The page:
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Night Sky Map for June 2023: See the Stars Move

Welcome to the Night Sky Map for June 2023!

Why do objects like stars appear to move across the sky at night? The planets, too, move like clockwork through the sky. Take advantage of the pleasant June weather to watch the “Cosmic Clock” in action.

Secrets of the Cosmic

Clock Objects in the sky always appear to be moving. The Sun and Moon rise in the east and set in the west. Less obviously, the stars and constellations also rise and set each day. Like clockwork, every celestial object marches across the sky from east to west and in 24 hours returns to its starting point. The discovery that nearly all of this apparent motion is caused by Earth rotating on its axis is one of humankind’s greatest scientific achievements. Nowhere is this clocklike behavior more evident than in the northern sky. June is a lovely month, weatherwise, to watch the Cosmic Clock in the night sky. Just look up! You’ll need a nice, dark location away from bright city lights. Wait until at least 11:30 P.M.; the June sky isn’t fully dark until then. Be prepared to stay up late and to devote at least 2 full hours to stargazing. Give your eyes at least 20 minutes to become adapted to the dark and then look due north to find Polaris, the North Star, less than halfway up the sky. It’s the only bright star in the area.

Polaris and the Little Dipper

Look above Polaris to follow a curving line of three dim stars until you reach a small starry rectangle. You’ve just traced the handle and bowl of the Little Dipper, which appears to be standing on end. Note how the bowl is located directly above Polaris. If you think of Polaris as the center of a clock face, then the bowl is pointing straight up, like the hour hand of a clock set to 12:00. With the position of the Little Dipper firmly in mind—perhaps after making a simple sketch—spend the next hour or so enjoying the other celestial sights. We’ll get back to the Cosmic Clock shortly.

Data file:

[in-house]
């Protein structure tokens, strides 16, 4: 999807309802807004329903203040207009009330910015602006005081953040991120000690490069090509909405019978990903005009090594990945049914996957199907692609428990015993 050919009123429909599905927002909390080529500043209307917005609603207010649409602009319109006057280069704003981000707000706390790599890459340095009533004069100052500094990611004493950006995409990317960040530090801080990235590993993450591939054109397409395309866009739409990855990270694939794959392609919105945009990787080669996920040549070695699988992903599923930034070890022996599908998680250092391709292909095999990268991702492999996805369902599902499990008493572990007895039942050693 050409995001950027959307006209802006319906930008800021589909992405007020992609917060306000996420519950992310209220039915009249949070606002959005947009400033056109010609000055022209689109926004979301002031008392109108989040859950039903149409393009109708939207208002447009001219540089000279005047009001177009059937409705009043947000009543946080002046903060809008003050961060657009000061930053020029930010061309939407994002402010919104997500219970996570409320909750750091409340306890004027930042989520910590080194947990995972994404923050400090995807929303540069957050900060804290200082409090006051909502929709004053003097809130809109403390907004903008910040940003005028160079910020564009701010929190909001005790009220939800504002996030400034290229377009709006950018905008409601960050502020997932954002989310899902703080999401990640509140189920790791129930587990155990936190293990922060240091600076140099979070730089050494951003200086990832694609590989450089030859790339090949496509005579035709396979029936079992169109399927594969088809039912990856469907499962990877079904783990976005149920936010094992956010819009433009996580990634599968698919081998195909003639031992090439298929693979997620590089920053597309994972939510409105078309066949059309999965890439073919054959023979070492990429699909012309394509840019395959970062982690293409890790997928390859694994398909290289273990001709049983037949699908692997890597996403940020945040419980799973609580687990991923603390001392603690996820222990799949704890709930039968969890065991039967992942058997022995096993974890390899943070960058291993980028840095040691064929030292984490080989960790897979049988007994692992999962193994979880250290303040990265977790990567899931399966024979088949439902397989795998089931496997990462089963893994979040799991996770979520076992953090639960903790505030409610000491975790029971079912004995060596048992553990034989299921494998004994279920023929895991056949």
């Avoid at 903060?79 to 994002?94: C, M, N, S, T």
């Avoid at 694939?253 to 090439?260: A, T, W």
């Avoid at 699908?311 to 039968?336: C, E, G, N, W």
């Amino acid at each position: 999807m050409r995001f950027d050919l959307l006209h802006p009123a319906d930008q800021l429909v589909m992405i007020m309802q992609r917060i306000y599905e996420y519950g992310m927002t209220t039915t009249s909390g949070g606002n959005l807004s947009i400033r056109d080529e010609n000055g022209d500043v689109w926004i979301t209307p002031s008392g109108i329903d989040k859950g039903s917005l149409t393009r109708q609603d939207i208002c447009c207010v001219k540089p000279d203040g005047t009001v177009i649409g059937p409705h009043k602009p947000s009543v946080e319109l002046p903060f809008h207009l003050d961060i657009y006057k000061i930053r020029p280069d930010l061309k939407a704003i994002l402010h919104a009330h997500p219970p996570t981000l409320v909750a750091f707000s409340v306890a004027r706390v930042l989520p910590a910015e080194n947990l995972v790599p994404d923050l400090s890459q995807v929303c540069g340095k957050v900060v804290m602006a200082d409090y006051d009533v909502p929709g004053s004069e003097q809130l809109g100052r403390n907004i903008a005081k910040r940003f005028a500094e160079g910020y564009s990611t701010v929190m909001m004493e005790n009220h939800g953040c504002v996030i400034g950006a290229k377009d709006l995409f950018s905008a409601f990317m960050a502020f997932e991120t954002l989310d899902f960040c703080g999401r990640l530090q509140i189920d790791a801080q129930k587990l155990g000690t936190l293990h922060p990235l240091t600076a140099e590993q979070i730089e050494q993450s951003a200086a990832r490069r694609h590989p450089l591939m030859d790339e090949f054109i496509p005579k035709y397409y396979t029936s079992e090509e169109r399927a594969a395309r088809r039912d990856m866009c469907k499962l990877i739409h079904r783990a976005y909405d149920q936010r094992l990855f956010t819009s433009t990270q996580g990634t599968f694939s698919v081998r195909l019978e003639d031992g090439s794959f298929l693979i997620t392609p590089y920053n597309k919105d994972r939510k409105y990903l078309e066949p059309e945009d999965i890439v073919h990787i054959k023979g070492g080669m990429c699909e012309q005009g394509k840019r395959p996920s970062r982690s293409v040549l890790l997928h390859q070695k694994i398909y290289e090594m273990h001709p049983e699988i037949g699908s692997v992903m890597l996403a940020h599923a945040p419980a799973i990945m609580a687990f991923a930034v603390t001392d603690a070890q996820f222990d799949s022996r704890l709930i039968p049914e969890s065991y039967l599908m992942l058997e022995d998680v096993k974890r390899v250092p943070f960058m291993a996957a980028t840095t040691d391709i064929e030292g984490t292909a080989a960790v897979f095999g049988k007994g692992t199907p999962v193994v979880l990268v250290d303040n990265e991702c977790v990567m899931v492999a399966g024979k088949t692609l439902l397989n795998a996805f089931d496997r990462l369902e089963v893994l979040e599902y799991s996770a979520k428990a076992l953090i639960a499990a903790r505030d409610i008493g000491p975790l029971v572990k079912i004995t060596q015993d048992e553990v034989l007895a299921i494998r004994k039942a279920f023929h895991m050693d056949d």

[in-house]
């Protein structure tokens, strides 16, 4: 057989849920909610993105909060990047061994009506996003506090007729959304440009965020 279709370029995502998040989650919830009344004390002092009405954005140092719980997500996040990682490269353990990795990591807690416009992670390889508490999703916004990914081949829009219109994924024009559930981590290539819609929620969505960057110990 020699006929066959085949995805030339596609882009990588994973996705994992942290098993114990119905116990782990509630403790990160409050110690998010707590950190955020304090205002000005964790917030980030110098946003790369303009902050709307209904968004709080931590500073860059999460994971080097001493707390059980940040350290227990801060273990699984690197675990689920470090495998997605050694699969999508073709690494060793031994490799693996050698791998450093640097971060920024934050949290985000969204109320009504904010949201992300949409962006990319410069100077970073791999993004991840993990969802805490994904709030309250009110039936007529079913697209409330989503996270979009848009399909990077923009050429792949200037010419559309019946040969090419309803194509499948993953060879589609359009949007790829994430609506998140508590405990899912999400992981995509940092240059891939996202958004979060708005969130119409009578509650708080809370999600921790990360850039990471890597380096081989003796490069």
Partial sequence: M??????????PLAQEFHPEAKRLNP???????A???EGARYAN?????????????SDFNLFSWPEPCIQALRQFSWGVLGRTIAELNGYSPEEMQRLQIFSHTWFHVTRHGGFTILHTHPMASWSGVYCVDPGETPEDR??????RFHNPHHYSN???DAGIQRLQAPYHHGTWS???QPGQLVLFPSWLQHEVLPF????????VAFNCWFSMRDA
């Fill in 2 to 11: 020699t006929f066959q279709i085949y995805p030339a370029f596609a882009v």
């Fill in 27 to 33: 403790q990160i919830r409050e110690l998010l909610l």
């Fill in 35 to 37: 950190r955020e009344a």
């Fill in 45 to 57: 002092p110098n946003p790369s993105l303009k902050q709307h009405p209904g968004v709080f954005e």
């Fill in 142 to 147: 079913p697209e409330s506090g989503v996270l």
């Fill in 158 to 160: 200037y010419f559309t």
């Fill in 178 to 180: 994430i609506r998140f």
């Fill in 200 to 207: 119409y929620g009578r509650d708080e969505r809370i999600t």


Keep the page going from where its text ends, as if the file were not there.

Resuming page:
Greater Bear and Big Dipper

For now, look to left for the constellation Ursa Major, the Greater Bear, which appears to be standing on its nose in this view. The bear’s rump and tail are better known as the Big Dipper, but from a dark location you can make out its entire body, from its legs and paws to the tip of its nose.

Cassiopeia and Draco, the Dragon
To the right and near the horizon, look for the Big W shape of Cassiopeia, the
Queen, and above her, King Cepheus, in the shape of a child’s sketch of a house.
Above them both is the head of Draco, the Dragon, whose body winds in an S-shape
that curves above the Little Dipper.

The Lyre and the Swan
Look to the right of Draco for the perfect little Parallelogram in the constellation
Lyra, the Lyre. Below Lyra lies the (nearly) upside-down Northern Cross, whose stars
comprise the body of Cygnus, the Swan.

The Cosmic Clock
Assuming that an hour has passed, go back to our starting point, the Little Dipper!
1. Note how the whole constellation has rotated slightly counterclockwise around
Polaris and is now in the position labeled “1.”
2. Wait another hour, and the Little Dipper will have rotated further to position “2.”
This clocklike motion will continue throughout the night. The Sky Map shows the
Little Dipper’s position for 4 consecutive hours.